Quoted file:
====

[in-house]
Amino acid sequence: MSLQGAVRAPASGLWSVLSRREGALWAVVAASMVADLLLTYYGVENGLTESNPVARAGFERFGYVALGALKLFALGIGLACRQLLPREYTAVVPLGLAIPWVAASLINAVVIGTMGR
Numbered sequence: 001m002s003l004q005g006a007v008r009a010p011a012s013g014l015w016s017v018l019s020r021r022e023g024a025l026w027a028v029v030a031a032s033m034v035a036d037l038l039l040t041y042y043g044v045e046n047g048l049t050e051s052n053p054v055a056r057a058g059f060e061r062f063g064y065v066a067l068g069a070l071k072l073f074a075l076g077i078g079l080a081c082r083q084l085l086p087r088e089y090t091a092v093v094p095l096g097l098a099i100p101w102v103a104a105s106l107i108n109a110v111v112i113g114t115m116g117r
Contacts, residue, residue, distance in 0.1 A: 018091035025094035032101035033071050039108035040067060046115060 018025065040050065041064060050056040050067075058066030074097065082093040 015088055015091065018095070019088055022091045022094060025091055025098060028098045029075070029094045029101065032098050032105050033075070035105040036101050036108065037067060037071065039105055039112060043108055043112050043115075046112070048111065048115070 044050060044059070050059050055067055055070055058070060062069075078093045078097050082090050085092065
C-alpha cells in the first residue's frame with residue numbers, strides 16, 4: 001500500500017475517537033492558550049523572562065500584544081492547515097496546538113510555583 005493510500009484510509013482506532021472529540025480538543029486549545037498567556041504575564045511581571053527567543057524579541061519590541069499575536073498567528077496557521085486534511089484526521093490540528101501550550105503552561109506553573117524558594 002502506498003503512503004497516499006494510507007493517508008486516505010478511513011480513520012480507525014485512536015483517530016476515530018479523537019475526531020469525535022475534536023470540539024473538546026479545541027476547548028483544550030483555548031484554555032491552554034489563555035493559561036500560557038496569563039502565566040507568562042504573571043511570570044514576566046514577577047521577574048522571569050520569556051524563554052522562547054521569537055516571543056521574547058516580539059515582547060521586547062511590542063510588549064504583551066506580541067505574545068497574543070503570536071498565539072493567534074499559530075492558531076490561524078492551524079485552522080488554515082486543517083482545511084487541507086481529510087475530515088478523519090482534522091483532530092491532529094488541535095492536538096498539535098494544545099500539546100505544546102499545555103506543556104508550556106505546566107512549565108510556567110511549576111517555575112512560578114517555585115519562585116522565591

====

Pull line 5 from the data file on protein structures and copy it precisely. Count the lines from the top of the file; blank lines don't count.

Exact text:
C-alpha cells in the first residue's frame with residue numbers, strides 16, 4: 001500500500017475517537033492558550049523572562065500584544081492547515097496546538113510555583 005493510500009484510509013482506532021472529540025480538543029486549545037498567556041504575564045511581571053527567543057524579541061519590541069499575536073498567528077496557521085486534511089484526521093490540528101501550550105503552561109506553573117524558594 002502506498003503512503004497516499006494510507007493517508008486516505010478511513011480513520012480507525014485512536015483517530016476515530018479523537019475526531020469525535022475534536023470540539024473538546026479545541027476547548028483544550030483555548031484554555032491552554034489563555035493559561036500560557038496569563039502565566040507568562042504573571043511570570044514576566046514577577047521577574048522571569050520569556051524563554052522562547054521569537055516571543056521574547058516580539059515582547060521586547062511590542063510588549064504583551066506580541067505574545068497574543070503570536071498565539072493567534074499559530075492558531076490561524078492551524079485552522080488554515082486543517083482545511084487541507086481529510087475530515088478523519090482534522091483532530092491532529094488541535095492536538096498539535098494544545099500539546100505544546102499545555103506543556104508550556106505546566107512549565108510556567110511549576111517555575112512560578114517555585115519562585116522565591